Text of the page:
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Aimless Love by Billy Collins

You would love it here, is what I wrote on most of the postcards I sent last week. I realise now that that could’ve been a waste of space, a waste of words. Because that is the point of postcards, isn’t it. I am sending you everything I love in this moment, hoping that a piece of paper will convey the enormity of all of what I’m feeling. I walked around the city trying to locate the post, carrying my heart in my pocket, my letter naked and for everyone to see—from the clerk to the postman to your neighbour, and every roving eye that lands on my handwriting, before it finally gets to you.

You would love it here, I wrote. But what I really meant: I fell in love with a city, dammit, and I am leaving the next day and I am shattered and I don’t want to go which is why I also wrote myself saying everything is worth it to be here saying you will be here again someday saying you have been here and it is good and would you please forgive yourself for not being able to take with you everything you love—

Aimless Love
Billy Collins

This morning as I walked along the lakeshore,
I fell in love with a wren
and later in the day with a mouse
the cat had dropped under the dining room table.

In the shadows of an autumn evening,
I fell for a seamstress
still at her machine in the tailor’s window,
and later for a bowl of broth,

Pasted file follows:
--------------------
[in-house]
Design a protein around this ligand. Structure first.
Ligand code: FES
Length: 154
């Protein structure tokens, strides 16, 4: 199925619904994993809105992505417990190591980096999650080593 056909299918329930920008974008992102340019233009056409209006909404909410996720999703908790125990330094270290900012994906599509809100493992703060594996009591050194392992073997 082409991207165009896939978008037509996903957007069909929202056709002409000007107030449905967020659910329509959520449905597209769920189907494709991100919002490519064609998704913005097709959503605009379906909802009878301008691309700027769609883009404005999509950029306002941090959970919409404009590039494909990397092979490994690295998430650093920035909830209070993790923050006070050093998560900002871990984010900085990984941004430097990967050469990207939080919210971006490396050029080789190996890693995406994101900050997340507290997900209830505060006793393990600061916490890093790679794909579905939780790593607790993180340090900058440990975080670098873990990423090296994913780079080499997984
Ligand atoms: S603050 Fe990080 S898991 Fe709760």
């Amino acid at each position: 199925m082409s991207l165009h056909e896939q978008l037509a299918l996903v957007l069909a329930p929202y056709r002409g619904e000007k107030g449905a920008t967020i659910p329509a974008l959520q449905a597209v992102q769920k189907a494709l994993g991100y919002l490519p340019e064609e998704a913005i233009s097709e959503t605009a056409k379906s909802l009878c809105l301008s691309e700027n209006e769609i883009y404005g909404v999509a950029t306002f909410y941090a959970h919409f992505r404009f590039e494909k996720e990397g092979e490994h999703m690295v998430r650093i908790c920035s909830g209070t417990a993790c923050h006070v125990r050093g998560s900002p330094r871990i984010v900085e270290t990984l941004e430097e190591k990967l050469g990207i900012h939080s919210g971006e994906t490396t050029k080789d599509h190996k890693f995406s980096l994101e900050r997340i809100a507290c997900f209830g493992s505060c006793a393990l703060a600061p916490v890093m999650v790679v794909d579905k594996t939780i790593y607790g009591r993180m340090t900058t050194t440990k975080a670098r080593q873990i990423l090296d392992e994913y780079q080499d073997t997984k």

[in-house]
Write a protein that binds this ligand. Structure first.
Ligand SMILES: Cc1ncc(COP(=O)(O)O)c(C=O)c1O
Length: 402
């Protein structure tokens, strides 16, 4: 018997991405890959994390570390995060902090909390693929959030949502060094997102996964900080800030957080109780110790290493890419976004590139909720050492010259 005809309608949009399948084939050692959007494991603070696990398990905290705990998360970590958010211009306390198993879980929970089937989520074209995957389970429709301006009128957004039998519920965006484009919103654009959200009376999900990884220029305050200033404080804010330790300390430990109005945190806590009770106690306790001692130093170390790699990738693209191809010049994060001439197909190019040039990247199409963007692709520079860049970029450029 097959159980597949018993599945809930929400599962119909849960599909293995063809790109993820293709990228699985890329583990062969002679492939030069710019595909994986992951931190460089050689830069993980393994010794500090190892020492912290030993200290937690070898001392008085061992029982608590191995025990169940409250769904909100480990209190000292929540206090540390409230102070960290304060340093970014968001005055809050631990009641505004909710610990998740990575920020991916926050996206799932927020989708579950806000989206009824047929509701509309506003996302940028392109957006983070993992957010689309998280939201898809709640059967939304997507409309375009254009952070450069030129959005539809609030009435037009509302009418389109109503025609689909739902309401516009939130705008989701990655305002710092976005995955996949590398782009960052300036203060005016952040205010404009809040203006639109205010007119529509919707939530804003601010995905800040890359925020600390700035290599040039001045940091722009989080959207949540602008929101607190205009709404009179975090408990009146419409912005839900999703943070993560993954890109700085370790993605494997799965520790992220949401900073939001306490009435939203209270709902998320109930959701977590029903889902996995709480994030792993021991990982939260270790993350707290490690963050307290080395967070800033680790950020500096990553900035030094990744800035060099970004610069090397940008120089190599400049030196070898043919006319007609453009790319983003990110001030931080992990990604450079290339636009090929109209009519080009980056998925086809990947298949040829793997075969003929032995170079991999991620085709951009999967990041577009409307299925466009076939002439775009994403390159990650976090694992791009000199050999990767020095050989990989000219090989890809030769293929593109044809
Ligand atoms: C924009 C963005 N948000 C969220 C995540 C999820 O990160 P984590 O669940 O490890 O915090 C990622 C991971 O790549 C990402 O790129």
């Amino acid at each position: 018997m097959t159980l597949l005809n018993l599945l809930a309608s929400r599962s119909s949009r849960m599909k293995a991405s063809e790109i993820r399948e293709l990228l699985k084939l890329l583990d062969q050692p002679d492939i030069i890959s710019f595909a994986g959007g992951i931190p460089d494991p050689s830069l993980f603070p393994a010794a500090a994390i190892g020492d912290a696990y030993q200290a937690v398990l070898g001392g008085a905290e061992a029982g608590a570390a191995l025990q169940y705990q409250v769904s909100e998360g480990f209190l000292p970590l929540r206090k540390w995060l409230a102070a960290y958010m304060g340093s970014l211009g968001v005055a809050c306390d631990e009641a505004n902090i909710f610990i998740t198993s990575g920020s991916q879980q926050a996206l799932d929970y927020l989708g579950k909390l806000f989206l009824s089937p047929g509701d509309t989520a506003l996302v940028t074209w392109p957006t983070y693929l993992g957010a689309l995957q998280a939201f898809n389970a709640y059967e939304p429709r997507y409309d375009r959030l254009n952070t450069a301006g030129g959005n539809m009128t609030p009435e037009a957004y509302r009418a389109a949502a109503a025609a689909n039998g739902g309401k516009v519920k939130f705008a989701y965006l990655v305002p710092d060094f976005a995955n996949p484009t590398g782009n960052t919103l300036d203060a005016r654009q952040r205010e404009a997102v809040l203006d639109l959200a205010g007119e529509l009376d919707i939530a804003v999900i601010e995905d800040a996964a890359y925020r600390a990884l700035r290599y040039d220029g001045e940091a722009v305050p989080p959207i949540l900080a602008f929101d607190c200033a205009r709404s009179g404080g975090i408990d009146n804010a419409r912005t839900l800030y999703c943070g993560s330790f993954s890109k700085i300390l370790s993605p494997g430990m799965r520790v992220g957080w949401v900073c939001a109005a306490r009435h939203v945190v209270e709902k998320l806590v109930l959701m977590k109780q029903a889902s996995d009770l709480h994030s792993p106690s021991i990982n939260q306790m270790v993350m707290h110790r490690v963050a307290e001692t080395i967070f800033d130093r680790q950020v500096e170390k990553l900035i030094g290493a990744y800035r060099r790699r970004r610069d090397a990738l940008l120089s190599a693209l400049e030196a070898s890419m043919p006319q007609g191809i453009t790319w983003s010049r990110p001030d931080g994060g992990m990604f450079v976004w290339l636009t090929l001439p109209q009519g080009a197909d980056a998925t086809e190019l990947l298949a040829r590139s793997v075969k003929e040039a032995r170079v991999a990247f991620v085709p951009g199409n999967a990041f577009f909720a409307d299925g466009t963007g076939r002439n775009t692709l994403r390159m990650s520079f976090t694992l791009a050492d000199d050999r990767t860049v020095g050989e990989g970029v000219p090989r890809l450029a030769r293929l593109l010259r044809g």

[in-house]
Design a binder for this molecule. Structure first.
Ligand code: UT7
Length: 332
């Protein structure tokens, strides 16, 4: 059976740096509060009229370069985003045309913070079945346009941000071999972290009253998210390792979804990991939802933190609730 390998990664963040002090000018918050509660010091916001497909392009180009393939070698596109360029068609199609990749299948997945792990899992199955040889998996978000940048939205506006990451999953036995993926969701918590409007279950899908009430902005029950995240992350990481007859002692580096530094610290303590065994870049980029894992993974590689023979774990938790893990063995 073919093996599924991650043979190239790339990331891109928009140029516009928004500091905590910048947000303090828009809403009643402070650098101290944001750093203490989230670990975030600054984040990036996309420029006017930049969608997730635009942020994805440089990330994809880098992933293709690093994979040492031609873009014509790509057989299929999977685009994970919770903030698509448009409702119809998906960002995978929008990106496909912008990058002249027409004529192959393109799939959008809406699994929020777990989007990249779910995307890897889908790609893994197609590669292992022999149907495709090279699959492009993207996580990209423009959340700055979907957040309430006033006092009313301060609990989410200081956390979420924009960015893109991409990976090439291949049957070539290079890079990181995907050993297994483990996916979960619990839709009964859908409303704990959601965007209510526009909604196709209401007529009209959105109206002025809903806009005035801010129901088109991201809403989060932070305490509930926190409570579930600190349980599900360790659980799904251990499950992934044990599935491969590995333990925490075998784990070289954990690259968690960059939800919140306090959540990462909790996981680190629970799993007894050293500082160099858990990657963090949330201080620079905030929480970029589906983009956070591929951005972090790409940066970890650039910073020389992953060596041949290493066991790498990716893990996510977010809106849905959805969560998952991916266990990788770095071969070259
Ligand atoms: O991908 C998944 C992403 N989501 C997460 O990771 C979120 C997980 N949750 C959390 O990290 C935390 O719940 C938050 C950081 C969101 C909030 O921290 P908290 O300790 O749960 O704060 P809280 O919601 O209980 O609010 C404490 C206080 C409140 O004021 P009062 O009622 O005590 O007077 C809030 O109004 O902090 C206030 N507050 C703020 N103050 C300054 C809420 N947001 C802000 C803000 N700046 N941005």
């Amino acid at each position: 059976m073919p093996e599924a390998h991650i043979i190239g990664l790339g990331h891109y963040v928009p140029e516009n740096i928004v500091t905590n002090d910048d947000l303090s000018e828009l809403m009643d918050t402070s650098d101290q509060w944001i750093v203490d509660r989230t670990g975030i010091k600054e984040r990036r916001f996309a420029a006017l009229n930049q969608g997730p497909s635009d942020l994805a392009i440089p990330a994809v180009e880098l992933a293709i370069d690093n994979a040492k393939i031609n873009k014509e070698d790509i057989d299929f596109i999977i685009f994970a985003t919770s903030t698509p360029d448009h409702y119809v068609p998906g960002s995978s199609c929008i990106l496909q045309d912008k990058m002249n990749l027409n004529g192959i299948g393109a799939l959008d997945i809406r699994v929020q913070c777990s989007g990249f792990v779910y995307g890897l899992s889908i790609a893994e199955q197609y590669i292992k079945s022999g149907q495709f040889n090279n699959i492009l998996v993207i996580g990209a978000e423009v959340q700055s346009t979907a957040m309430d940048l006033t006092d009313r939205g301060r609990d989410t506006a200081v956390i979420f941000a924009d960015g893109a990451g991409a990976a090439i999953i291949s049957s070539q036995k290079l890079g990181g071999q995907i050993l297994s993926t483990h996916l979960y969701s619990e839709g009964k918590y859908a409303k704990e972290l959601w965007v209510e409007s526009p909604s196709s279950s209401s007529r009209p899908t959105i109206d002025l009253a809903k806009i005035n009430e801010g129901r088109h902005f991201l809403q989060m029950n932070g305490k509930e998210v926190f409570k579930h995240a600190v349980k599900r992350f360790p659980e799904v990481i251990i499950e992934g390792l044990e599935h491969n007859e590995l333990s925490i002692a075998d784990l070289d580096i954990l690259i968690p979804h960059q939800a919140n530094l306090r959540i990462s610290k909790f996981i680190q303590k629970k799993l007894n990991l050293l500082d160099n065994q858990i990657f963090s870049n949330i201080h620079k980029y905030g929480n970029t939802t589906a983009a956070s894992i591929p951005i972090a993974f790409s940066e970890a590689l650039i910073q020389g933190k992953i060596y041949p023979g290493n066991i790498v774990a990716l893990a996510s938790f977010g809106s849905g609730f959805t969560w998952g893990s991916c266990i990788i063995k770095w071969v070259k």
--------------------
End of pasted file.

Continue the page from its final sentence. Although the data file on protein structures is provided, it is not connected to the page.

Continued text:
steam rising like smoke from a naval battle.

This is the best kind of love, I thought,
without recompense, without gifts,
or unkind words, without suspicion,
or silence on the telephone.

The love of the chestnut,
the jazz cap and one hand on the wheel.

No lust, no slam of the door –
the love of the miniature orange tree,
the clean white shirt, the hot evening shower,
the highway that cuts across Florida.

No waiting, no huffiness, or rancor –
just a twinge every now and then

for the wren who had built her nest
on a low branch overhanging the water
and for the dead mouse,
still dressed in its light brown suit.

But my heart is always propped up
in a field on its tripod,
ready for the next arrow.

After I carried the mouse by the tail
to a pile of leaves in the woods,
I found myself standing at the bathroom sink
gazing down affectionately at the soap,

so patient and soluble,
so at home in its pale green soap dish.
I could feel myself falling again
as I felt its turning in my wet hands
and caught the scent of lavender and stone.

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